Greene Notes: n Is “at will” what most parties expect? q q q The law because it’s what’s expected? Or it’s expected because it’s the law? Contrary presumption under n n q n Montana Wrongful Discharge Act Model Employment Termination Act. Only Montana has switched the default Is at will a response to agency problems? q q Employer agents over-promising? Successor liability restricts firm marketability?
More Greene Notes: n More on jury biases q q n n Is it true? If true, is it appropriate consideration? Revisiting mutuality Unilateral contract theory How significant the “presumption”? Extracorporeal : “permanent” too broad to be enforced? q What would work?
Are Hanson and Greene so different? Problem 2 -1
Oral/Implied Contract Rights to Job Security Roadmap: n Reliance on offers of employment: = “front end” of employment relationship n Assurances of continued employment = “back end” of employment relationship n Written manuals, handbooks, policies: anywhere during an ongoing relationship
Reliance on Offers of Employment n Grouse v. Group Health Plan: q q q Employee has right to “good faith opportunity to perform his duties to the satisfaction” of the employer after starting work Relief may be limited to reliance damages Expectation is salary from new employer n q How long? Is reliance the lost job from the prior employer? n How long?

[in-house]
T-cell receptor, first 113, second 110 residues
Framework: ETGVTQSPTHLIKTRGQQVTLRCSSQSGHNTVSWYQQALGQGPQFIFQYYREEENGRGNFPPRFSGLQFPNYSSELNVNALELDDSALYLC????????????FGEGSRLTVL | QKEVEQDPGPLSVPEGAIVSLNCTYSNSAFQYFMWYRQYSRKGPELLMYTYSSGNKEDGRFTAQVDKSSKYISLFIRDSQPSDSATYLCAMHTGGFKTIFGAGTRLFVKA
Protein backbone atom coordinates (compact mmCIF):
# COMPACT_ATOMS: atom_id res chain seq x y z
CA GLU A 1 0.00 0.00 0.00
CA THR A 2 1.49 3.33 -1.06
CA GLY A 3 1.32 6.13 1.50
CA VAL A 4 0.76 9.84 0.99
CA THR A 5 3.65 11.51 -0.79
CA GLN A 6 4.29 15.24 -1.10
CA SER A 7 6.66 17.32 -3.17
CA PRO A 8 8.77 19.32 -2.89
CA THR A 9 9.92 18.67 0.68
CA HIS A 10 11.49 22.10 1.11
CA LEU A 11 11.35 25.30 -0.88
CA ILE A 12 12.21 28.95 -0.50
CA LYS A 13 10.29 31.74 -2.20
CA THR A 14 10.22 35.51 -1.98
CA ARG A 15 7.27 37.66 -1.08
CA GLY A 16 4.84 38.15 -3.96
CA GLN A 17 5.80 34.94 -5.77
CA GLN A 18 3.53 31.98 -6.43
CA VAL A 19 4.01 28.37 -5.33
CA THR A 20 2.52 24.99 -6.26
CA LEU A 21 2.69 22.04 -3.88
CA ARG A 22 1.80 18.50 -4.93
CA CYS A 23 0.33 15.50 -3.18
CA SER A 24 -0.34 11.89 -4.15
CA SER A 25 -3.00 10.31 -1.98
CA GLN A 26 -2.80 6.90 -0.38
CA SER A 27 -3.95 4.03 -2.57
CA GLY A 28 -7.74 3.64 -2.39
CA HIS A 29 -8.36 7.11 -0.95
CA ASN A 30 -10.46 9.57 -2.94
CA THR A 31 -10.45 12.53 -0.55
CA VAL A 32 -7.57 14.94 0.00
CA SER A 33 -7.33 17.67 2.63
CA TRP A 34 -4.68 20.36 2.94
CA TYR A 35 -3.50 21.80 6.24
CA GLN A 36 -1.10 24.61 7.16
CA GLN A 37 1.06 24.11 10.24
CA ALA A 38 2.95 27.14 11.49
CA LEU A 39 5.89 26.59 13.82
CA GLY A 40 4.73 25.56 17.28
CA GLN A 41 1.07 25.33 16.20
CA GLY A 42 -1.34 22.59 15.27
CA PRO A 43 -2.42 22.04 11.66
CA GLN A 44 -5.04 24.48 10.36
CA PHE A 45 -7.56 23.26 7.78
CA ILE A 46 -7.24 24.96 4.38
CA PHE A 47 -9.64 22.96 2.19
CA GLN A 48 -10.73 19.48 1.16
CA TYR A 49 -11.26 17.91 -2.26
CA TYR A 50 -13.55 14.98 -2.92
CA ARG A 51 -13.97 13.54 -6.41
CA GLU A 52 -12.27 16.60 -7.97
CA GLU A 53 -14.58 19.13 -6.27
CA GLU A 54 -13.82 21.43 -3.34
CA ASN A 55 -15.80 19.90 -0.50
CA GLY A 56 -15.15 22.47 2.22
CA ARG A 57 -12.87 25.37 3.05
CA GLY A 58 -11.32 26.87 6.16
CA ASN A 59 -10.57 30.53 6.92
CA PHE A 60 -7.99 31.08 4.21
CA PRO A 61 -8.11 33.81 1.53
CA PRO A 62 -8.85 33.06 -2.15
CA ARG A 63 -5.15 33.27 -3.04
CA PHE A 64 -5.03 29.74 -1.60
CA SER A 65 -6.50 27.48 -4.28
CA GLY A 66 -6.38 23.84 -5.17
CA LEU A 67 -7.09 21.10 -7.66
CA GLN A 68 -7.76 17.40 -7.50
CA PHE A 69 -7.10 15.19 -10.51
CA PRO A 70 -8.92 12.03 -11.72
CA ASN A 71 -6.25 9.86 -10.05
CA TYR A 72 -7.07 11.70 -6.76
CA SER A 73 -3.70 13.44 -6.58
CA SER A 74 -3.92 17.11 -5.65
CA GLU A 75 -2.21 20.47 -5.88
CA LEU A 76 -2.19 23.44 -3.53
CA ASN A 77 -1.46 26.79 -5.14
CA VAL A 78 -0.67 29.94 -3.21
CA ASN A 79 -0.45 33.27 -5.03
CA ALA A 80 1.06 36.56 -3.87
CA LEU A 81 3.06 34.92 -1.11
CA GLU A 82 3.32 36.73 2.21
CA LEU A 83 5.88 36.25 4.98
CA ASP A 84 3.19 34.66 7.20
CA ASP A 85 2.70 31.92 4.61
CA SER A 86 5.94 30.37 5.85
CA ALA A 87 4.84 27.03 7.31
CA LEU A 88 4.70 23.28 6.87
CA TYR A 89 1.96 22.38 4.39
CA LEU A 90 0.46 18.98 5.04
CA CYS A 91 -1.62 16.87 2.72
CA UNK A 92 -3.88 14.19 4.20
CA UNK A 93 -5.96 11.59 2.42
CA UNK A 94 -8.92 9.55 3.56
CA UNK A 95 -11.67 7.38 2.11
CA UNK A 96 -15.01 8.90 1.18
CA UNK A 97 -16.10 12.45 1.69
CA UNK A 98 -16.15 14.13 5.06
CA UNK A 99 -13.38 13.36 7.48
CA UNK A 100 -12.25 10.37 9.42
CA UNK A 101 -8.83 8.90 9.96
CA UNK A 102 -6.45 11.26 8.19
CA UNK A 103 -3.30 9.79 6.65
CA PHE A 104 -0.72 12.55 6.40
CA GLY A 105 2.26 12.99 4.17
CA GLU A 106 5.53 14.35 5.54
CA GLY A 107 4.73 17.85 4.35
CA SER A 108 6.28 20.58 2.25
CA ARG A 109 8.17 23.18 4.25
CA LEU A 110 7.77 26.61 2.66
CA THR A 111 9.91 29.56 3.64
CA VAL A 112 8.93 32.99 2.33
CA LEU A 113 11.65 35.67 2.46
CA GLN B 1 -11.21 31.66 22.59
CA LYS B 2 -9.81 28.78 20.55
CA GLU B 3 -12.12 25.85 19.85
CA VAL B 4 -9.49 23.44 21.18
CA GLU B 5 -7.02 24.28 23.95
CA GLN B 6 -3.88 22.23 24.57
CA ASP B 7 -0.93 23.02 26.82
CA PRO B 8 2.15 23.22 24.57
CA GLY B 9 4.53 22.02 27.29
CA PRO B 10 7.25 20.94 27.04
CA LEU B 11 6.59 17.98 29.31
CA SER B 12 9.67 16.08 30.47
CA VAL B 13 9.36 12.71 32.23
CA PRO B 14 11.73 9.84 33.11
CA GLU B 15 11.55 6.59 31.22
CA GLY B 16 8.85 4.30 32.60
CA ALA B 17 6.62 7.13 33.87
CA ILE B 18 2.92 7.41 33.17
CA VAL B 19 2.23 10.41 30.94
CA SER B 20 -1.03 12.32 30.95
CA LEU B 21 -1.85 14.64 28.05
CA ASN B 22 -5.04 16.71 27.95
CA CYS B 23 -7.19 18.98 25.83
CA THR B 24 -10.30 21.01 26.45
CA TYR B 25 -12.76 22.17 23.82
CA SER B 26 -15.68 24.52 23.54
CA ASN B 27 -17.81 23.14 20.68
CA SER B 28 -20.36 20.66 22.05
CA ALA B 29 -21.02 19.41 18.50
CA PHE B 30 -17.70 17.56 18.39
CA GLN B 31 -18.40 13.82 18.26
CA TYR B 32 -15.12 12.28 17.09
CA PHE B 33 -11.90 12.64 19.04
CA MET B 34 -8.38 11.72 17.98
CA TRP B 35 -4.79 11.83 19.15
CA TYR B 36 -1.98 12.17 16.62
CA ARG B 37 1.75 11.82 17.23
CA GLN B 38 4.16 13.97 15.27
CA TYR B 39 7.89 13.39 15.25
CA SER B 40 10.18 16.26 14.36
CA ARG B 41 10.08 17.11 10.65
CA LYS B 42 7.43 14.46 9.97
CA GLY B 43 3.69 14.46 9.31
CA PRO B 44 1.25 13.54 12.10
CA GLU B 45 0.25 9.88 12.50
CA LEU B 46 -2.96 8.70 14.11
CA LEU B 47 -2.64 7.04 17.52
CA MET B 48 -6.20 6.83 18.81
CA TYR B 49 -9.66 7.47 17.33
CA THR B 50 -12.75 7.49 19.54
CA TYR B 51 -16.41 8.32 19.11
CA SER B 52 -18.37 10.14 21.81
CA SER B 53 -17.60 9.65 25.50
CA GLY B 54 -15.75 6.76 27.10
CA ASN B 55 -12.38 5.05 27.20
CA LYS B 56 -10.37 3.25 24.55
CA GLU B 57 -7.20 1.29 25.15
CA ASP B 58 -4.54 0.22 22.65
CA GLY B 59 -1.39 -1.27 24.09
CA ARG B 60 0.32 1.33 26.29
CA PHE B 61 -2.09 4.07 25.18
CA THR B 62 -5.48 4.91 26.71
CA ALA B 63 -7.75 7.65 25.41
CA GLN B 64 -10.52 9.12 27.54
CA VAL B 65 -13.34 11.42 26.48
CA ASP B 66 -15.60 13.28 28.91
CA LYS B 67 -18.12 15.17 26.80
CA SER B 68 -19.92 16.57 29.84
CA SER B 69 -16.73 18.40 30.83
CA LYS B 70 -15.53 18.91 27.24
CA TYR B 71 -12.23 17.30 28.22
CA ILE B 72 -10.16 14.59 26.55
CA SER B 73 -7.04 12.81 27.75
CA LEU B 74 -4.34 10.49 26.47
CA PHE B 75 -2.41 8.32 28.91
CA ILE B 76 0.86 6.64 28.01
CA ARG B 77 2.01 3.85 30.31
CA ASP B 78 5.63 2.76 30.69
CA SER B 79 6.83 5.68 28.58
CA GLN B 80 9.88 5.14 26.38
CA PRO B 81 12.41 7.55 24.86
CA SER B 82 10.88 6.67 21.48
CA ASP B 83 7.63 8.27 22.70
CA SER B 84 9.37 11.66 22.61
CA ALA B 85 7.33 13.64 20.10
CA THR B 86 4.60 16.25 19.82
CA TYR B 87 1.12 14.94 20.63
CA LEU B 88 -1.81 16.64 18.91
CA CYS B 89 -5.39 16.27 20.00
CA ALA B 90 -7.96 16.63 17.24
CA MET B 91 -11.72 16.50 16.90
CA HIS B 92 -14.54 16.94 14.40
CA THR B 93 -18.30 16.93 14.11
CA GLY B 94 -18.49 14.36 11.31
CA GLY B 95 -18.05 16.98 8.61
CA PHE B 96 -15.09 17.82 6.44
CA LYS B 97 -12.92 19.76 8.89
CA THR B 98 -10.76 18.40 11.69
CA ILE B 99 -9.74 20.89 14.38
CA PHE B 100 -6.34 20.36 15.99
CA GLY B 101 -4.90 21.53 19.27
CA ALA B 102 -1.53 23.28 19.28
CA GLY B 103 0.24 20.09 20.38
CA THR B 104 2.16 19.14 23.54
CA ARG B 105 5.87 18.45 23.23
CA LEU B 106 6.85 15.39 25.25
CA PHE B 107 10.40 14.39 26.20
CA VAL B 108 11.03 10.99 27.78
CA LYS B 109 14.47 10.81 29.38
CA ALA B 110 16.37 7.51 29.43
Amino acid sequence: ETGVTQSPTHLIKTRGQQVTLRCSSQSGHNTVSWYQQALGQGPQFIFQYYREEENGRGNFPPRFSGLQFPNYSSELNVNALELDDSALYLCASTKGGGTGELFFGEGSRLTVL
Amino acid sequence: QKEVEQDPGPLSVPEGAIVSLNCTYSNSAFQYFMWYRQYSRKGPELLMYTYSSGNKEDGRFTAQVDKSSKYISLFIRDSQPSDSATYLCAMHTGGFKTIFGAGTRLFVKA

Goff-Hamel v. Obstetricians & Gynecologists n n n Goff-Hamel had left her employer of 11 years based on Δ’s offer of employment 2 months after she accepted the offer, and one day before she was to start, Δ told her not to report to work No contract claim Promissory estoppel lies Dissent finds result inconsistent with at will doctrine
Goff-Hamel Notes n n “Good faith opportunity to perform” q One day not enough q One month? Is it reasonable to rely? q Party actual expectations v. legal entitlements What constitutes reliance? q Quitting prior job q Relocating q Anything else? Proof that the action taken was really in reliance on the promise
Schoff v. Combined Insurance Co. of America n n Schoff gave up a 16 year position to accept an offer as a Δ’s sales representative Δ terminated Schoff for q q n Schoff must show “clear and definite promise” q q n failure to disclose his criminal record failure to get bonded That bonding wasn’t necessary or That felonies/nondisclosure wouldn’t bar bond How likely is that?
Schoff Notes n n n Distinction between promises and representations Possible statutory protection for arrest/conviction records Robert Hillman’s study suggest promissory estoppel more viable in the classroom than the courtroom